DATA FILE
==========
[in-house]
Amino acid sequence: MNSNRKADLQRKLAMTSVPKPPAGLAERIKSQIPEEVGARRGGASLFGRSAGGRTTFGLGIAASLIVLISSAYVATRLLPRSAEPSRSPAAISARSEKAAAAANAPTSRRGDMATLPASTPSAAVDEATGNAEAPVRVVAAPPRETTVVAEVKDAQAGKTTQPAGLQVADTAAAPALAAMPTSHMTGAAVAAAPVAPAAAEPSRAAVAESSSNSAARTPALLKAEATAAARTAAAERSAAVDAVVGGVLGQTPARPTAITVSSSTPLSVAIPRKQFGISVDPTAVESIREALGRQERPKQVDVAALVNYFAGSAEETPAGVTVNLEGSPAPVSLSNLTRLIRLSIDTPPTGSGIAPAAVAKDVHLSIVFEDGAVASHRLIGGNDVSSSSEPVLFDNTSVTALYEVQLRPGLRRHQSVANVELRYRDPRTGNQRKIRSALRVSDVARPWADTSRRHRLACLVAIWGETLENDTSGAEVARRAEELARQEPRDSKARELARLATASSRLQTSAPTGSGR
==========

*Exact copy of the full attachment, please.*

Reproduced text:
[in-house]
Amino acid sequence: MNSNRKADLQRKLAMTSVPKPPAGLAERIKSQIPEEVGARRGGASLFGRSAGGRTTFGLGIAASLIVLISSAYVATRLLPRSAEPSRSPAAISARSEKAAAAANAPTSRRGDMATLPASTPSAAVDEATGNAEAPVRVVAAPPRETTVVAEVKDAQAGKTTQPAGLQVADTAAAPALAAMPTSHMTGAAVAAAPVAPAAAEPSRAAVAESSSNSAARTPALLKAEATAAARTAAAERSAAVDAVVGGVLGQTPARPTAITVSSSTPLSVAIPRKQFGISVDPTAVESIREALGRQERPKQVDVAALVNYFAGSAEETPAGVTVNLEGSPAPVSLSNLTRLIRLSIDTPPTGSGIAPAAVAKDVHLSIVFEDGAVASHRLIGGNDVSSSSEPVLFDNTSVTALYEVQLRPGLRRHQSVANVELRYRDPRTGNQRKIRSALRVSDVARPWADTSRRHRLACLVAIWGETLENDTSGAEVARRAEELARQEPRDSKARELARLATASSRLQTSAPTGSGR